In the field of recruiting, we have a term for someone who isn’t currently looking for a job, but is the ideal match for an open position at another place of employment. These people are called “passive candidates.” Before we can talk about how to recruit them, we should first talk about why some companies need to recruit passive candidates in the first place.
We are currently in a candidate-driven market, which means that there are more positions available in almost every industry than there are qualified job applicants. Job seekers have a ton of freedom to pick and choose where they want to work based on all kinds of qualifications that didn’t previously come into play. For example, job applicants might only be willing to consider workplaces with flexible schedules, an extremely competitive salary, telecommuting options, or significant opportunities for advancement.
Job candidates are in a great position because of this economic reality, but unfortunately, this puts hiring managers and recruiters at a bit of a disadvantage. It can take a lot longer to advertise, interview for, and fill a position because there simply aren’t enough qualified job seekers.
This is why recruiters and hiring managers sometimes need to consider moving beyond job boards and pursue a passive candidate. After all, that perfect candidate is out there somewhere. Perhaps you just haven’t found them because they’re not looking for you!
Here are four strategies to recruit the ideal candidate who isn’t currently seeking a job:
One: Develop a strong workplace culture.
This first step requires a lot of time, effort, and intentionality. All workplaces have a culture of their own, but a culture that captures the attention of passive candidates is one that is cultivated. In other words, you have to figure out what strategies will create high employee morale that leads your workers to talk about how great it is to work there. You need to create an environment where your workers feel valued and important.
Competitive pay, good benefits, and high quality management is part of the picture. Going beyond that, you can create a workplace where there are healthy expectations of work/life balance, morale-building activities and opportunities, and funding options for professional development and further education. Of course, this can’t be started when you realize you need a new employee. This should be something your upper level managers are working on from the very beginning, and it will make recruiting a lot easier.
Two: Communicate your workplace culture to passive candidates.
How will you communicate this culture that you’ve developed?
The best way to do this is through word-of-mouth. When your workers are happy, they tell their friends, family members, and colleagues in the industry. They share stories about work on social media and at professional conferences or industry events. Having happy, fulfilled employees leads to more high quality applicants.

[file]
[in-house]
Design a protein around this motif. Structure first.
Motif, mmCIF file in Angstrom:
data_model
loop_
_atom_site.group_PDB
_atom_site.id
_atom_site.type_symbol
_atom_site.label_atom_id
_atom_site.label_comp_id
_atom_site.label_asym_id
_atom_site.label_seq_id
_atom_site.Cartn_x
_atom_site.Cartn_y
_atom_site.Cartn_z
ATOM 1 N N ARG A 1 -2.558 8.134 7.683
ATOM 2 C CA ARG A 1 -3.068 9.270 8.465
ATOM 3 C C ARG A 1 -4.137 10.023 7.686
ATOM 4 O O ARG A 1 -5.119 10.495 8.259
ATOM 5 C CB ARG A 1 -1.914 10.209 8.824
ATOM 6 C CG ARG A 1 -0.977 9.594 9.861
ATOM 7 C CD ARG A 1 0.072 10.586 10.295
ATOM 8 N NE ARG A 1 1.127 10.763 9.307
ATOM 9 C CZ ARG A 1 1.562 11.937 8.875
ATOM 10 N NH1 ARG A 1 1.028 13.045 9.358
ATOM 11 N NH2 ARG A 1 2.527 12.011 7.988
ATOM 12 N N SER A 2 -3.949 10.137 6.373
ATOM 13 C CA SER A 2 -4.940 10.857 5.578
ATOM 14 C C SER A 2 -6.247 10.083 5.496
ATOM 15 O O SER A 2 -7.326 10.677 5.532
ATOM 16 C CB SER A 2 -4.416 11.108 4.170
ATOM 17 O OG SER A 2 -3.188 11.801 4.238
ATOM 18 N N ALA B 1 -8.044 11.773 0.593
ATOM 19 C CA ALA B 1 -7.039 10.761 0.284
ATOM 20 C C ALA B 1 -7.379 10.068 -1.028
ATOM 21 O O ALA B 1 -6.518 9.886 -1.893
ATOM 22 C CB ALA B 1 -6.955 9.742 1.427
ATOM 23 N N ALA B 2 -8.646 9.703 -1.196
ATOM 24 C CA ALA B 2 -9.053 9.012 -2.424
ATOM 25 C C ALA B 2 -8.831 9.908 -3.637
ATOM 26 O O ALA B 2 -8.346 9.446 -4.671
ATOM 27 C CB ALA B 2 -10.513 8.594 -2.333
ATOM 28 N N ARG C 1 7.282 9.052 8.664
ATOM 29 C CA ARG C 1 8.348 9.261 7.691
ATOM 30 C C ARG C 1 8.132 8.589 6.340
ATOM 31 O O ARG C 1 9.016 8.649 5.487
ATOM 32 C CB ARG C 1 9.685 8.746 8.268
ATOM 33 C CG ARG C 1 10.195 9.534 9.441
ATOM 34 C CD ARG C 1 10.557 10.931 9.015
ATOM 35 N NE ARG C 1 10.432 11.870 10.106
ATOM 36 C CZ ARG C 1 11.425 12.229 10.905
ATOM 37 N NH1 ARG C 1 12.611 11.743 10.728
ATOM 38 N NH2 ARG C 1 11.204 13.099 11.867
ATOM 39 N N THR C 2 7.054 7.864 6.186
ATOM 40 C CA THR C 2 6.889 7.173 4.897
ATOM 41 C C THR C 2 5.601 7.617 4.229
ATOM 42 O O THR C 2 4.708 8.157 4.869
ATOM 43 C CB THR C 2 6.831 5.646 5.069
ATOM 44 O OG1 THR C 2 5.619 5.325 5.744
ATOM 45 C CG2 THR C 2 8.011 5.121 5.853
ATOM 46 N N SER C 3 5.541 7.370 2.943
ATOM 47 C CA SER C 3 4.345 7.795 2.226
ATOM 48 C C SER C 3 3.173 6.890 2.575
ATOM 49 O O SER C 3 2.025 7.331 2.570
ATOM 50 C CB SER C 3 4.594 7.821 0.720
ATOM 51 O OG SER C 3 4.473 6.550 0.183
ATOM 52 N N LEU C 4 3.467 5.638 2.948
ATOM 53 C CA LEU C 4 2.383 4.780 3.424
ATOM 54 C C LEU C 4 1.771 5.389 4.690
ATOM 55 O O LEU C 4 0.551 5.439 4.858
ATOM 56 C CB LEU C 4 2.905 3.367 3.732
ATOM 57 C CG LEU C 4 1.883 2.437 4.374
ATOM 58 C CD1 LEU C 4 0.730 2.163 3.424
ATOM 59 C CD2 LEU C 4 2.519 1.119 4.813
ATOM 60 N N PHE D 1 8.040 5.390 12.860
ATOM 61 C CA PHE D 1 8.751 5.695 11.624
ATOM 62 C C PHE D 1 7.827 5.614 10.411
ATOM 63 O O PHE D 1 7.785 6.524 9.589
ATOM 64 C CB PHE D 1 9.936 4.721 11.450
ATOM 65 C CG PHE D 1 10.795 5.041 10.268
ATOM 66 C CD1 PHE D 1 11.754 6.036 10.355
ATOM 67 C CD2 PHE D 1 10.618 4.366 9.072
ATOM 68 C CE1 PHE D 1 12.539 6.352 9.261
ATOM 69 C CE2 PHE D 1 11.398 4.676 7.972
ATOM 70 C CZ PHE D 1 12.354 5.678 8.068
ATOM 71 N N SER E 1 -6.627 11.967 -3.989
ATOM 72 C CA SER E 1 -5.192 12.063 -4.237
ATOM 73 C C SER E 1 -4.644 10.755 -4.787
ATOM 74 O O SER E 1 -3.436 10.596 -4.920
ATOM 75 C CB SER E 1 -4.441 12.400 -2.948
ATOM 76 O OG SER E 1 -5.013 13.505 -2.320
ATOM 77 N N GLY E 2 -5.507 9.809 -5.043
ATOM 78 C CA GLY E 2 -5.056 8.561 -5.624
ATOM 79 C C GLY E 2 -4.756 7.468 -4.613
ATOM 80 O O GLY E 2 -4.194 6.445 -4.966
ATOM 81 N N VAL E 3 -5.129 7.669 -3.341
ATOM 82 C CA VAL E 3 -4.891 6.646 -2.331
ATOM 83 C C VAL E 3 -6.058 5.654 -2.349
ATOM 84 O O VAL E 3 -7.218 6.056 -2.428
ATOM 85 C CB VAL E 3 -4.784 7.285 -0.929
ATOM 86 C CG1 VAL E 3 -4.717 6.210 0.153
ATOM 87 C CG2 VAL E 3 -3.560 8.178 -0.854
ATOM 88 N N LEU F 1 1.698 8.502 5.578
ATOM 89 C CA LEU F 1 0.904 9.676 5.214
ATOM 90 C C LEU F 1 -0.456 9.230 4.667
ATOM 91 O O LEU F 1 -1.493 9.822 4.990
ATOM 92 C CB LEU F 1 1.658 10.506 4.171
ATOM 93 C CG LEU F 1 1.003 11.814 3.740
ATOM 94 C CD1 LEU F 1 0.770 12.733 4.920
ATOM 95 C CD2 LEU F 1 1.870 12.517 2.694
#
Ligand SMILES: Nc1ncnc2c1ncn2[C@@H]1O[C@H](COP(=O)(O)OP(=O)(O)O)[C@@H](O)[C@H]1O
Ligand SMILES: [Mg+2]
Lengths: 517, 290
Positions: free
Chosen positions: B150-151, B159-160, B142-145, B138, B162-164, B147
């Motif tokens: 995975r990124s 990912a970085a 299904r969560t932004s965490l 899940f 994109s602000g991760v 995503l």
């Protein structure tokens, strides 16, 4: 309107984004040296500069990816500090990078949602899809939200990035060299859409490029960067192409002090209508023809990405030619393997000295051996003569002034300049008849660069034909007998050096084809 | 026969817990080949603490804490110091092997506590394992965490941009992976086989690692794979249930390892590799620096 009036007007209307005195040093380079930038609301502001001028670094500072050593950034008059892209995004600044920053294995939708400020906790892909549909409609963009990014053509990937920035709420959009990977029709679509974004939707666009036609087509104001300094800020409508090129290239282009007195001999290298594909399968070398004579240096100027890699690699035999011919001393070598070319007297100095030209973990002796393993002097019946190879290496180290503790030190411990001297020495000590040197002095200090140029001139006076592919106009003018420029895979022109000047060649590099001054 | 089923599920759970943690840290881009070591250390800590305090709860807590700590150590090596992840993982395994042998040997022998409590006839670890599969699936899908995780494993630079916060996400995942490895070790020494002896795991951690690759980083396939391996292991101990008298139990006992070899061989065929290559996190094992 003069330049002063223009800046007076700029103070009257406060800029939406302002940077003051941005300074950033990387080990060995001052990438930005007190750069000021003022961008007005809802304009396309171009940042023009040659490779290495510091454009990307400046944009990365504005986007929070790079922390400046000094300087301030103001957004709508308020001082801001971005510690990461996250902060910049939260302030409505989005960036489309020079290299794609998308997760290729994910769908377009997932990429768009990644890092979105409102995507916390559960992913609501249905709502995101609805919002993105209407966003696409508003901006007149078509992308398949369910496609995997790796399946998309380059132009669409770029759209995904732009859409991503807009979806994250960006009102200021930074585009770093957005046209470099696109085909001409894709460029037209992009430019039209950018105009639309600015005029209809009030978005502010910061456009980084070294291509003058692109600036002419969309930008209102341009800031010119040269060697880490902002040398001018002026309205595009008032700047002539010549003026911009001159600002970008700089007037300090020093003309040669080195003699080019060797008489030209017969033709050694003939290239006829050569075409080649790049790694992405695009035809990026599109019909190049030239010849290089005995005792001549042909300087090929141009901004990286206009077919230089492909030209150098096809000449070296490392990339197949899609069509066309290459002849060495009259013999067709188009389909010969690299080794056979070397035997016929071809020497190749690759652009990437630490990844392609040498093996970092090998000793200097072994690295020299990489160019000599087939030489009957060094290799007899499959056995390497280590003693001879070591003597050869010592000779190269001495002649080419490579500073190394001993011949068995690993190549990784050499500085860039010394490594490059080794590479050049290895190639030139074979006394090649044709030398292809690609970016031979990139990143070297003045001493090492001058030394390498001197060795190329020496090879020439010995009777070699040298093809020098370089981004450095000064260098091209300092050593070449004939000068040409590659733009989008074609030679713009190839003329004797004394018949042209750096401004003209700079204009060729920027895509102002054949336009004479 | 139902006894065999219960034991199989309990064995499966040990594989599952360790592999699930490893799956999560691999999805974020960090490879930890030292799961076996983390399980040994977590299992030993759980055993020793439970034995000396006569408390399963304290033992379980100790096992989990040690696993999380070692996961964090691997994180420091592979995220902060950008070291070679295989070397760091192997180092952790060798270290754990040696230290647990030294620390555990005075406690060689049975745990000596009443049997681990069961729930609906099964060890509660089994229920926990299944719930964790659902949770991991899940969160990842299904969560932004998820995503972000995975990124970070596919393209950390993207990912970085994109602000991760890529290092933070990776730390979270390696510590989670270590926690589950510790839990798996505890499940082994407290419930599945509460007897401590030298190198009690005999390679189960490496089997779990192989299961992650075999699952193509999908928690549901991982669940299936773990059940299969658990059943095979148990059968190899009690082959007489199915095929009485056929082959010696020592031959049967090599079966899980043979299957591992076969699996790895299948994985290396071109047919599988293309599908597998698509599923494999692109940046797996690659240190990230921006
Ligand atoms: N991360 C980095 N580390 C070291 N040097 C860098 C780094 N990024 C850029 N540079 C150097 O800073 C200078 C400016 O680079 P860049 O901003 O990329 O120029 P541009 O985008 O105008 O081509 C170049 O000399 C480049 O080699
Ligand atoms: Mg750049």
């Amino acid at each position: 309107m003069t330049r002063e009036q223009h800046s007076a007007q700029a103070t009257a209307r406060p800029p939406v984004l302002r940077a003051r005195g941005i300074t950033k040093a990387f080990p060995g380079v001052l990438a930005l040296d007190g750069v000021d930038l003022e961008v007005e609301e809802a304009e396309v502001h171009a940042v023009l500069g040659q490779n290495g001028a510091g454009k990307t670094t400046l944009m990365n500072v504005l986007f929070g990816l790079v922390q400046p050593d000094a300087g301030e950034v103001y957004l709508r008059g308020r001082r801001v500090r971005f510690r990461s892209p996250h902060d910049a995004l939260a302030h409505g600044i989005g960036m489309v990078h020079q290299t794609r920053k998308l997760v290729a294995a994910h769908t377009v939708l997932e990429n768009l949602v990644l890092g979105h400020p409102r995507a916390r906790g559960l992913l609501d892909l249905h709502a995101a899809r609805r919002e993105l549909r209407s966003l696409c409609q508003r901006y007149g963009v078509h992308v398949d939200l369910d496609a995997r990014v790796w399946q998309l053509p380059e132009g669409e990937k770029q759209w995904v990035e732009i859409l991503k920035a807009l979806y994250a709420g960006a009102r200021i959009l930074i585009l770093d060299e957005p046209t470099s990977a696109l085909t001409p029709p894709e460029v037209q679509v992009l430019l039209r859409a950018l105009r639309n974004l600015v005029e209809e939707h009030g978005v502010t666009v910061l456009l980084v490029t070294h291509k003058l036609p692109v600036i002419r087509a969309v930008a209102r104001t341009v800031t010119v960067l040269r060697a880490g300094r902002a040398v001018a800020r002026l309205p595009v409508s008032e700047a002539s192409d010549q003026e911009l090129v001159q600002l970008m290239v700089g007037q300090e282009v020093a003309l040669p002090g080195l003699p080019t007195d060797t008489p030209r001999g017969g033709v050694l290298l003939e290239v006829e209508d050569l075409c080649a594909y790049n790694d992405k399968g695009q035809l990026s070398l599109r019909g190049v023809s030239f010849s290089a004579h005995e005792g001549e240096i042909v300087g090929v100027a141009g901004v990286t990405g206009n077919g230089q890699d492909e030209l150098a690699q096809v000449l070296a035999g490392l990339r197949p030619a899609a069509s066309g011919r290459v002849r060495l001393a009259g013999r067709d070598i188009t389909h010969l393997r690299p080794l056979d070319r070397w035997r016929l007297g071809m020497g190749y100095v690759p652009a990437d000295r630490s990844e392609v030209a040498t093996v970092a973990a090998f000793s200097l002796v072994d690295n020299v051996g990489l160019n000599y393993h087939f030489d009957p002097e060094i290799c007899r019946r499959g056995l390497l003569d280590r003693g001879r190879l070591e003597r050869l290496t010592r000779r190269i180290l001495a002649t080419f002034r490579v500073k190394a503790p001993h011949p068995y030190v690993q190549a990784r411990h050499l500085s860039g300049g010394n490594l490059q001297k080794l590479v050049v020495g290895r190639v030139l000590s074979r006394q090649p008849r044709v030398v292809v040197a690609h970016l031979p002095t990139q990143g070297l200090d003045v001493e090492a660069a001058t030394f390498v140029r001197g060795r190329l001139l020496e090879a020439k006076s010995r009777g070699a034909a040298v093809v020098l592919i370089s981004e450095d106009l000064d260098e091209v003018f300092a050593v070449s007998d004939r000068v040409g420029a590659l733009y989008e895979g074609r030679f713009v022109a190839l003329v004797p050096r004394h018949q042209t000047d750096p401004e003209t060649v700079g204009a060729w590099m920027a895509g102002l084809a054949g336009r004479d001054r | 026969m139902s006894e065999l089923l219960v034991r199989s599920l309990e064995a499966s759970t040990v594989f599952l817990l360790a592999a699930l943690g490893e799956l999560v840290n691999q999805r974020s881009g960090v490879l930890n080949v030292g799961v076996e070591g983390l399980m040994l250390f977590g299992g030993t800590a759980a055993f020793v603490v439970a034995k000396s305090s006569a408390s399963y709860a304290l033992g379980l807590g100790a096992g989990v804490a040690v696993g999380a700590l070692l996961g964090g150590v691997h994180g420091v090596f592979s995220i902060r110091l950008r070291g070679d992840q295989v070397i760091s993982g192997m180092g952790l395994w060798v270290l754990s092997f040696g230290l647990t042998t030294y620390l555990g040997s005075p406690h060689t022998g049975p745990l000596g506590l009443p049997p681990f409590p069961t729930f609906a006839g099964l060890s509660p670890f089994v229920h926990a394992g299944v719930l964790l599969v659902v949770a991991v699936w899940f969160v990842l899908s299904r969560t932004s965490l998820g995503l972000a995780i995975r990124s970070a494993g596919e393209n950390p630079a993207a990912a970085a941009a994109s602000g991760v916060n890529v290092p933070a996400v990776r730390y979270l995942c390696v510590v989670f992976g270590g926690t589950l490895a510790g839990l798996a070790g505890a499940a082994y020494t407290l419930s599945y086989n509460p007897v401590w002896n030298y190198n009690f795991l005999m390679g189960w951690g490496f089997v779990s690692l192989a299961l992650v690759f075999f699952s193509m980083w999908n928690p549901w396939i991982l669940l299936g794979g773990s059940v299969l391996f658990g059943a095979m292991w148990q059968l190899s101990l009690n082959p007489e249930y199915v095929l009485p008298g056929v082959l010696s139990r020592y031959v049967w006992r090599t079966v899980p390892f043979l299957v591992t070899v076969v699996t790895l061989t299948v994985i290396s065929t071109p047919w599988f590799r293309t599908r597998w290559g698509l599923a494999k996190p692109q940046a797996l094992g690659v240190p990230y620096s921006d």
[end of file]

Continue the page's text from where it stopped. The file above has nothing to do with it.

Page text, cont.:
We also recommend working hard on your brand, not just as a marketing tool to potential clients and customers, but to potential employees as well. Having a clearly defined brand and purpose can create awareness of who you are in the industry, and that will lead people to want to work for you. Your goal should be to make people think, “It would be cool to work for that company someday,” so that when you approach a passive candidate, they have already thought positively about working for you before.
Three: Start an employee referral program.
A growing trend in recruiting is developing an employee referral program. Passive candidates don’t always respond well when approached by recruiters or hiring managers at other companies. However, they respond much more positively when approached by a friend who says, “Look, there’s a position open where I work, and I think you would be a perfect fit.”
That’s why referral programs are growing in popularity. They benefit employers by reducing the time and cost of finding great candidates. At the same time, they benefit employees by creating a collaborative work environment where they get to work with the people they want to work with. Employees also enjoy the perks of a financial incentive if you offer one.
Four: Think about bringing in a professional recruiter.
Finding passive candidates and successfully recruiting them isn’t a simple task, even if you follow our advice. You need to be careful in the ways that you approach passive candidates so as not to make them turn you away from the start. And you need to understand the nuances of recruiting that doesn’t get perceived as talent poaching.
Bringing in a professional recruiter can save you a lot of time and wasted effort, and can even save you money! Developing a relationship with a great recruiting firm gives you access to top tier talent that you otherwise wouldn’t know about, and it also allows you to find passive candidates without stepping on toes or feeling lost.
Want to have a conversation about how to know if a professional recruiter is the best next step for you? Contact us today! You can also download our free offer, Recruiting Trends in 2019, to learn more about the best recruiting practices in today’s candidate-driven marketplace. We look forward to learning about your company and how we can help you find your ideal candidates, including those who aren’t looking for a job right now.